Karl was a stutterer and he had to say the sacrament prayer.
No one had paid attention to this upcoming challenge. A discreet child, the boy had passed the sacrament for several years now. He had quietly moved from deacon to teacher. Not that he avoided communication, but he had developed compensating procedures, using short sentences, facial expression, a gentle nod and an approving smile. He had learned to hide his handicap.
Now he had turned sixteen. Our branch president, a convert of less than two years, interviewed Karl. Priest! Karl nodded and smiled.
– And of course you will bless the sacrament next week. Thank you, Karl.
No one will ever know the extent of the turmoil Karl went through. Seven days of bracing himself for the ninety one words to be said in public. He kept the unrest to himself.
O G… G… G… God, t… t… the E… Et… Et…
Behind the white linen Karl had knelt down. At once our small Mormon audience grasped the enormity of the challenge ahead. Of course, Karl was a stutterer. We knew that. Where was the inspiration of the branch president? A wave of embarrassment seized the congregation, heads down, eyes pressed, all hoping for some miracle of sudden fluency.
… we a… a… ask t… t… thee in t… t…
The obstacles ahead were ringing in our heads: thy, Jesus, Christ, bless, sanctify, bread, those, partake, that, they, body, thy… Karl would have to take them one by one. How long would his struggle last? Would he even reach the end as we felt the tension rise after each new hurdle taken?
in t… t… the name o… of t… t… thy Son…
Jesus Christ. You can say it, Karl. Jesus Christ. Relax. No one here is judging you. Say it softly. Jesus. Jesus Christ. Perhaps Savior would have been easier. But Jesus Christ is the same. Think of the Savior and say Jesus.
t… t… to t… t… the souls of all t… t… those… wh… who… p…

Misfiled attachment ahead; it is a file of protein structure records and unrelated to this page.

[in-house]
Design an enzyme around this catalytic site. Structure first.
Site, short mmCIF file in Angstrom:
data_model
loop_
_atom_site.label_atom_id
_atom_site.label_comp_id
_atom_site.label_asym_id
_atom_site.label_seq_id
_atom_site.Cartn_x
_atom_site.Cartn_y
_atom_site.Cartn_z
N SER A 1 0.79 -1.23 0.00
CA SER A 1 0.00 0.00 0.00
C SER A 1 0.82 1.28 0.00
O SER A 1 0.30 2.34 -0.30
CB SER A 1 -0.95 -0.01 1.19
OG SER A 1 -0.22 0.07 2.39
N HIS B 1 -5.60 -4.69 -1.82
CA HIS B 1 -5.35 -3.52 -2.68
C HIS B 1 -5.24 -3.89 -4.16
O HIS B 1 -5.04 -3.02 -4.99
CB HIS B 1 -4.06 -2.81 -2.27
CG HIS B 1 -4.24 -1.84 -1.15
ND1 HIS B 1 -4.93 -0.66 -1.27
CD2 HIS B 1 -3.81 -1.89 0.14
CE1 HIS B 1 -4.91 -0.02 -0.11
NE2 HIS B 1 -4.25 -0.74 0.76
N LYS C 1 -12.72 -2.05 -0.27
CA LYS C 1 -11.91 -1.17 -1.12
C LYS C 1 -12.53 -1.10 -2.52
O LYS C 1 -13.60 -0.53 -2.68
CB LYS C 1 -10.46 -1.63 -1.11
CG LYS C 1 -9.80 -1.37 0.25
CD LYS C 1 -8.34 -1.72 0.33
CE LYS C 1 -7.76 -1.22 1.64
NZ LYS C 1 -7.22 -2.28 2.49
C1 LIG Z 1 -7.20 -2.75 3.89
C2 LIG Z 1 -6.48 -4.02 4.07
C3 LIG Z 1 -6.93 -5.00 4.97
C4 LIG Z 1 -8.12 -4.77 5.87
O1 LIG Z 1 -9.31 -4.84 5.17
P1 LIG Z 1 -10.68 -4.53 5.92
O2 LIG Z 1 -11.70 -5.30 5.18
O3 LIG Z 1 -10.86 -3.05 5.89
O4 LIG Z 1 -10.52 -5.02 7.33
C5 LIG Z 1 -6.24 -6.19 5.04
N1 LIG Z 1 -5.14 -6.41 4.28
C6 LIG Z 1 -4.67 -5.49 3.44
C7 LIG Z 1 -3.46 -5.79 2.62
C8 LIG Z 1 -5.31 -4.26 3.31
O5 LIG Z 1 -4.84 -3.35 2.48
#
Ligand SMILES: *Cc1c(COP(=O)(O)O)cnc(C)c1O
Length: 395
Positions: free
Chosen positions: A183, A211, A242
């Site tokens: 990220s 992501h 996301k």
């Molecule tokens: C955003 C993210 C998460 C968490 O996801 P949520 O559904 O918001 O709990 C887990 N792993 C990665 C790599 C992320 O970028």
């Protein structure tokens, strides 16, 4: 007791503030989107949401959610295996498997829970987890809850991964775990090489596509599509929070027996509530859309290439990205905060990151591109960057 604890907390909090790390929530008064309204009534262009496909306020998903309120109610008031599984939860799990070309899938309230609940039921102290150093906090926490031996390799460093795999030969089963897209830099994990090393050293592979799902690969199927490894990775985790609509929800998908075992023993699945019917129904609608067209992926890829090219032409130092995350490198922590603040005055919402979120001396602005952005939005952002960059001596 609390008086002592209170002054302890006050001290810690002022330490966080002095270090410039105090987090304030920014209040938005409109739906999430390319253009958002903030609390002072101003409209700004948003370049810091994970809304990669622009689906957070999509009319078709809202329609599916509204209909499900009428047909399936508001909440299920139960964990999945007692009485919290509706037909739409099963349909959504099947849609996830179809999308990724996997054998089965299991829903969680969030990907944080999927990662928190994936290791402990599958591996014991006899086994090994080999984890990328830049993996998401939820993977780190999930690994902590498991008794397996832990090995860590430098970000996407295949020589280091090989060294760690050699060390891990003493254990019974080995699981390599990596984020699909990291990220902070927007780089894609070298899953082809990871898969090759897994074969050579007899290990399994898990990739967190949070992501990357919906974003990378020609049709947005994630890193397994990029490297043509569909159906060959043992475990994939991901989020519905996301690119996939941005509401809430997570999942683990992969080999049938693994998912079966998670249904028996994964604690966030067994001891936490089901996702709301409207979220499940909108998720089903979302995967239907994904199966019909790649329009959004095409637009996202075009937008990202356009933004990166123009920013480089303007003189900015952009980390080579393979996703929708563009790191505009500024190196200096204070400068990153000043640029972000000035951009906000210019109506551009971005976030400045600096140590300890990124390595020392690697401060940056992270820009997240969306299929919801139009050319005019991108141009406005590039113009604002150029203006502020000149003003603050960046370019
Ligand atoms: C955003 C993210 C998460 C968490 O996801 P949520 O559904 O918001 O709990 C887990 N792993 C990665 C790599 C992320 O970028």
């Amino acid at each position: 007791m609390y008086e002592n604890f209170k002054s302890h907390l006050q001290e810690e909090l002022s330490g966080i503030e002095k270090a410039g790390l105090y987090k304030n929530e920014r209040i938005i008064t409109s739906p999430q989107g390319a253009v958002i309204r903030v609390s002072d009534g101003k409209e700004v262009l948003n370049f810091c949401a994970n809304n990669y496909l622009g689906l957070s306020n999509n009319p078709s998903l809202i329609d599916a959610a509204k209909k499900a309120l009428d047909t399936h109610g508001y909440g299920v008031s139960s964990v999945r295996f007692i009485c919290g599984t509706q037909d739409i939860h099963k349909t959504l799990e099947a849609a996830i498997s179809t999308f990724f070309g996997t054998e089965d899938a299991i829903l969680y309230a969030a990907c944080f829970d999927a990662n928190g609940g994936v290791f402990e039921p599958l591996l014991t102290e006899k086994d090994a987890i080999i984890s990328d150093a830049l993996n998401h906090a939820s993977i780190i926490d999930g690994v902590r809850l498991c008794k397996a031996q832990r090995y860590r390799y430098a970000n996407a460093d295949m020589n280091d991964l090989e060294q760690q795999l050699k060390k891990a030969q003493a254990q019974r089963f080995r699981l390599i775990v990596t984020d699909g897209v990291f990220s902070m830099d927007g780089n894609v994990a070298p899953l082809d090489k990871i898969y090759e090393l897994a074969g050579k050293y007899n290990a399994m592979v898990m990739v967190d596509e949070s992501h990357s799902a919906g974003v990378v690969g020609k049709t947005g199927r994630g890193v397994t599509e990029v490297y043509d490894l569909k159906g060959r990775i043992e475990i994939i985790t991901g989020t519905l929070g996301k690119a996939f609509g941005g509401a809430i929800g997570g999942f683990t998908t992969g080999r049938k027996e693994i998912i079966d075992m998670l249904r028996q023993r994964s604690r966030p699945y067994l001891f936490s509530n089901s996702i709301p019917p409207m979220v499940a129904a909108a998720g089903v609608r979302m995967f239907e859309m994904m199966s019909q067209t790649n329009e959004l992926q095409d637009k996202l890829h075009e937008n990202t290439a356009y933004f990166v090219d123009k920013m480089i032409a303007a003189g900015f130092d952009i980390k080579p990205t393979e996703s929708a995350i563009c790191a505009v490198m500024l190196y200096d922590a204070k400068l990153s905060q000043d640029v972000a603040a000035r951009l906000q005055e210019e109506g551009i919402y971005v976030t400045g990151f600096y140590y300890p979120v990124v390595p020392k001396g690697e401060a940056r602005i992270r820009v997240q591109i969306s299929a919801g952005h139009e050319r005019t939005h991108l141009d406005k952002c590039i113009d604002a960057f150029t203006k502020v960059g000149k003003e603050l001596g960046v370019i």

The souls who partake. What did I know about Karl? He gave me time to ponder. I realized how inconspicuous the boy had been in this small branch which I attended during my graduate studies. I knew his mother, a joyous sister who loved to feed the missionaries. She was single, but I did not know if she was a widow, or divorced, or unwed. Did it matter? She was well in her fifties, must have had Karl around age forty. Her only child. Karl was her all. He never strayed from her side. They had been members for a long time, she even belonged to the very first pioneers who had accepted the Restoration somewhere at the end of the 1940s, when a couple of missionaries had opened Flanders for the preaching of the Gospel. Karl and his mother. One of those odd couples, marginals in society, but so profoundly part of small Mormon branches in the mission field.
… t… t… that t… t… they m… m… may eat in…
Remembrance. Remembrance. That will be a hard one. Memory would have been easier. Or perhaps another word? To eat in remembrance, what does it mean so it can be said with the simplest of sounds?
For each word Karl tried to say, I felt that everyone in the audience said it inwardly a dozen times, for him, with him. Soundless, mouths were articulating, lips were moving. The bread was being sanctified with all the power of a group of saints powerless to help Karl. Embarrassment had left us, there was only this intense, mutual participation in every word, repeated over and over again as an offering to sustain the boy on his arduous journey.
… t… t… that t… they may a… a… always have his Sp… Sp… Spirit to b… be with t.. t… them. A… A… Amen.
He had made it. We all had. Never had a sacrament prayer been followed with as much awareness, as much mute support, as much love for this boy and for the Savior.